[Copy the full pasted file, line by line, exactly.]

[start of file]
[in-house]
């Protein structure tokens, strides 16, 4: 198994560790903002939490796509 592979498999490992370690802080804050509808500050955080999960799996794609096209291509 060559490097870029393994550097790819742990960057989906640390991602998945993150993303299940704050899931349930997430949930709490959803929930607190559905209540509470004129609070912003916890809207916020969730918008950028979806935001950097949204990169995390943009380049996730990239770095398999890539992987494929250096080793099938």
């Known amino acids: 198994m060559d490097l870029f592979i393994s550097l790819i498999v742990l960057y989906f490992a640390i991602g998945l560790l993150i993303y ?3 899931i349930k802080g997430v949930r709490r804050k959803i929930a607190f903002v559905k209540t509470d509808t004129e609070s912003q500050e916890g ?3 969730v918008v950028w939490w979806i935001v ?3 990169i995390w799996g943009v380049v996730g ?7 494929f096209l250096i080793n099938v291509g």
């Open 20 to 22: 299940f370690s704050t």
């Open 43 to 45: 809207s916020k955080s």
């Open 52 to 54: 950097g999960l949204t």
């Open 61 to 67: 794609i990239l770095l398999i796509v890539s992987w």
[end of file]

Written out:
[in-house]
């Protein structure tokens, strides 16, 4: 198994560790903002939490796509 592979498999490992370690802080804050509808500050955080999960799996794609096209291509 060559490097870029393994550097790819742990960057989906640390991602998945993150993303299940704050899931349930997430949930709490959803929930607190559905209540509470004129609070912003916890809207916020969730918008950028979806935001950097949204990169995390943009380049996730990239770095398999890539992987494929250096080793099938």
């Known amino acids: 198994m060559d490097l870029f592979i393994s550097l790819i498999v742990l960057y989906f490992a640390i991602g998945l560790l993150i993303y ?3 899931i349930k802080g997430v949930r709490r804050k959803i929930a607190f903002v559905k209540t509470d509808t004129e609070s912003q500050e916890g ?3 969730v918008v950028w939490w979806i935001v ?3 990169i995390w799996g943009v380049v996730g ?7 494929f096209l250096i080793n099938v291509g």
């Open 20 to 22: 299940f370690s704050t």
């Open 43 to 45: 809207s916020k955080s």
């Open 52 to 54: 950097g999960l949204t």
């Open 61 to 67: 794609i990239l770095l398999i796509v890539s992987w």